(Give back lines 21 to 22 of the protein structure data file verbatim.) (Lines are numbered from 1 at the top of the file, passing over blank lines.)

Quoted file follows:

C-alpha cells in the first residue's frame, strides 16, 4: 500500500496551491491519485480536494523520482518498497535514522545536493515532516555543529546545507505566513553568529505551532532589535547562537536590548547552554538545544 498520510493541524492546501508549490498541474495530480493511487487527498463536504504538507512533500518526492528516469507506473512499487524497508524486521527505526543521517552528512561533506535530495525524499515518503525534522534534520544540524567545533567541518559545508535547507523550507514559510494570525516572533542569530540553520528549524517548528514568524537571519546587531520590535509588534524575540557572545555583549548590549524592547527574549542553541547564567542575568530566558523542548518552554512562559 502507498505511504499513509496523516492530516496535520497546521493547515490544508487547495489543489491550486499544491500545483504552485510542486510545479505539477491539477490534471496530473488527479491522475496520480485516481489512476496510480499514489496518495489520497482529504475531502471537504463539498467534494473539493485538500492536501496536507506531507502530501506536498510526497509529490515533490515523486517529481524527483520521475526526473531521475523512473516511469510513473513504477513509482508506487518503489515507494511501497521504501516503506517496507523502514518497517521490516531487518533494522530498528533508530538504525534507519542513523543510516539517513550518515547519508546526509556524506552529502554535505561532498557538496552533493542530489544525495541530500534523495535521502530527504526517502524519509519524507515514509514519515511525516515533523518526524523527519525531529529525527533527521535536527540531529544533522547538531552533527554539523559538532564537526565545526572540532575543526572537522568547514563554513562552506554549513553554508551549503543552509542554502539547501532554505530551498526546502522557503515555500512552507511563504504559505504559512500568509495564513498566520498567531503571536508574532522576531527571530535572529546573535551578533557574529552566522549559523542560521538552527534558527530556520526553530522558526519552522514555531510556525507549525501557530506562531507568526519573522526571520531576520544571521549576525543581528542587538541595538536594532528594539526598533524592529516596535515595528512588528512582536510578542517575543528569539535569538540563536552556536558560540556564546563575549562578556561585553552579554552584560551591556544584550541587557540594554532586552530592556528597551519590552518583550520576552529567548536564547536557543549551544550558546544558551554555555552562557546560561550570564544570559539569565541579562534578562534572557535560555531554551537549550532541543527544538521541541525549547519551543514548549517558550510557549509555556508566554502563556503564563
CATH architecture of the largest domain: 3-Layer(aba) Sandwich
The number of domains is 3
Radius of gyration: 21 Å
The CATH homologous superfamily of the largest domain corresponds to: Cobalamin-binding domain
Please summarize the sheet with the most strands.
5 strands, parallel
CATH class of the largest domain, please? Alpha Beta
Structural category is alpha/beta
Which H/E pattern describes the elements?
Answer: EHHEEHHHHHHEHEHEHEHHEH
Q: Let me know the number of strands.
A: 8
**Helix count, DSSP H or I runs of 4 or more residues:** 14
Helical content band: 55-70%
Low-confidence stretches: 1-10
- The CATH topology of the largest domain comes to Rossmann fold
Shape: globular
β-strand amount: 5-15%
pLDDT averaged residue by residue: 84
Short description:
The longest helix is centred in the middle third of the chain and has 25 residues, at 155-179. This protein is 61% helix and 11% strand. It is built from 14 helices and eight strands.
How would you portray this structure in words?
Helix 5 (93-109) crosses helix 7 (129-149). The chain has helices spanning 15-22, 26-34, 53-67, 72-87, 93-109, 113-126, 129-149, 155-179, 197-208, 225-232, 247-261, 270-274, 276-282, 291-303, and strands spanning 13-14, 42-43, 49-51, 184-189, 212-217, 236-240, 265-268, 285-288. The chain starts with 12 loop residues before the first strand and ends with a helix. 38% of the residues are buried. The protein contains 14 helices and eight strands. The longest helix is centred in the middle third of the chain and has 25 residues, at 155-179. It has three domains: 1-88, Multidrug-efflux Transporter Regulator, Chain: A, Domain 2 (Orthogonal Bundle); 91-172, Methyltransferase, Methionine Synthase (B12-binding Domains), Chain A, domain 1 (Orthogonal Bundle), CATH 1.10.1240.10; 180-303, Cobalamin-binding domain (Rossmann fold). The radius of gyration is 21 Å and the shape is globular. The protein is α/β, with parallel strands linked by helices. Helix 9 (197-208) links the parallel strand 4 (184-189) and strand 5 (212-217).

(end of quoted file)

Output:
Short description:
The longest helix is centred in the middle third of the chain and has 25 residues, at 155-179. This protein is 61% helix and 11% strand. It is built from 14 helices and eight strands.